Air Quality Seems Safe at Disaster Site

Low asbestos levels found at World Trade Center

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By
HealthDay Reporter

TUESDAY, Sept. 18, 2001 (HealthDayNews) -- A week after the World Trade Center disaster, as residences and businesses in the area slowly reopen, air and water quality appear to be safe, reports the New York City Department of Health.

Although workers at the site still are equipped with masks, goggles and protective clothing against dust and contaminated air, ongoing tests show very low levels of asbestos in the air. The department reported yesterday that the public's risk for short- or long-term ill health effects is very low.

Near the site, people are finding it easier to breathe.

"People are walking around without masks, and I didn't feel uncomfortable myself," says New York City realtor Ed Riguardi, who was downtown yesterday to inspect the four office buildings his company, Colliers ABR, manages in the Wall Street area.

"While wearing a good mask is uncomfortable and makes it more work to breathe, those not wearing masks will probably have a higher risk for [dust and airborne particles]," says Morton Lippmann, director of the Human Exposure Program at the New York University School of Medicine's department of environmental medicine.

The health department reports that the federal Environmental Protection Agency (EPA) and the New York City Department of Environmental Protection (DEP) have been at the disaster site regularly, testing the air and water for contamination since the terrorist attacks at the twin towers last Tuesday filled the sky with smoke, dust and debris.

Tests have found that asbestos levels at the site are lower than the 6 percent considered safe by the health department for asbestos containment material (ACM) in the air. While the results of water quality tests at ground zero, the center of the attack, are still being monitored, the city reports that water quality north of the site is within acceptable limits.

Last week was a different story. Lippmann reported billows of smoke and fire poured from the towers, and layers of dust from the imploded buildings darkened the sky, making it hard to see, let alone breathe. He reported the smoke contained a high content of gypsum from the wallboard used in construction, which caused temporary eye irritation, as well as acrid fumes from the planes' jet fuel.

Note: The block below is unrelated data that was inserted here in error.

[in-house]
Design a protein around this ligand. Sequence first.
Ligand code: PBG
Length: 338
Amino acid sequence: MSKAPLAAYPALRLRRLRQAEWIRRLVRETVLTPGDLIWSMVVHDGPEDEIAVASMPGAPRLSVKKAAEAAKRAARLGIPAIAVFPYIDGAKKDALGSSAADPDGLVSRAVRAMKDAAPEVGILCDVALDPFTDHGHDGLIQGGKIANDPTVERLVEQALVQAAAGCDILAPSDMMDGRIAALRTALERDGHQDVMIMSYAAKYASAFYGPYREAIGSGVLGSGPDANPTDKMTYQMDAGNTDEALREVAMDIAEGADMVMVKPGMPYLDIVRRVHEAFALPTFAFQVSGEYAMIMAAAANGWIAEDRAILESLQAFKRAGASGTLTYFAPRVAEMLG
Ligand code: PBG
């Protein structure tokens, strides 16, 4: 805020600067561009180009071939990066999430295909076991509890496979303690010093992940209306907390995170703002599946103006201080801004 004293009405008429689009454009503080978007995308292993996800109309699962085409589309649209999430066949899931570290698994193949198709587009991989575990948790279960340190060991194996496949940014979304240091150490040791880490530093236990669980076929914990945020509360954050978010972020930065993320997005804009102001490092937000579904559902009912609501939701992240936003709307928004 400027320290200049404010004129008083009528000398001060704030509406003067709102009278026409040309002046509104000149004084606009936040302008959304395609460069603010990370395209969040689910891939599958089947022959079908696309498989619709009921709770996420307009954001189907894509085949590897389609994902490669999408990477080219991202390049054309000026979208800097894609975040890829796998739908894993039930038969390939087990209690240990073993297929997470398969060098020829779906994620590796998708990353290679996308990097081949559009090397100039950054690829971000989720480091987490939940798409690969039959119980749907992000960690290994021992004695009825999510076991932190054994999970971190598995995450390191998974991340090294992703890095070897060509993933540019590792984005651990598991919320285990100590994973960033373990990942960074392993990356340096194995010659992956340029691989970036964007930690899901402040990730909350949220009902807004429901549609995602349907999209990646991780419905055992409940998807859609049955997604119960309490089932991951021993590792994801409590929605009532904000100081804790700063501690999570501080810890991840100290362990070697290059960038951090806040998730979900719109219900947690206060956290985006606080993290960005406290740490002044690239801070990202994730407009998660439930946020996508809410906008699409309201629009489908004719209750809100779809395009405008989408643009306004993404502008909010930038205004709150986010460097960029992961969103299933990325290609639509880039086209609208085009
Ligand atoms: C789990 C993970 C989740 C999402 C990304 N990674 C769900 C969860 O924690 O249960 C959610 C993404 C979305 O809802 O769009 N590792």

Now, he says, "We are fortunate that there is good background air" which has improved the air quality as the fires and smoke from the attack have quieted. The pile still smolders, though, as rescue teams lift the debris and release oxygen. More than 5,400 people are feared dead, most still buried under the rubble.

But there is no threat to public health from decomposing human remains, says the U.S. Department of Health and Human Services.

As people are allowed to return to their homes and businesses in the affected area, health officials are urging caution. While building owners are responsible to have their buildings inspected and approved for re-entry before employees return to work, residents returning to their abandoned apartments could face hazards like leaking gas lines, broken glass and lots and lots of dust.

What To Do

The city has issued guidelines for cleaning homes that include: removing dust by wetting and wiping it away with damp rags and mops; avoiding sweeping or other outdoor maintenance; keeping windows closed; setting the air conditioner to recirculate (closed vents), and cleaning or changing air filters regularly and using air purifiers to reduce indoor dust levels from the air.

The Department of Health and Human Services, which also has dispatched monitors to the Trade Center site, has fact sheets on asbestos and dust and debris.

To learn about the health risks of air pollution, go to the EPA, which also can help you find out about your own town's air quality.

SOURCES: Interviews with Ed Riguardi, co-chairman, Colliers ABR, New York City, Morton Lippmann, Ph.D., Human Exposure and Health Effects Program Director, Department of Environmental Medicine, New York University School of Medicine, New York City; New York City Department of Health release

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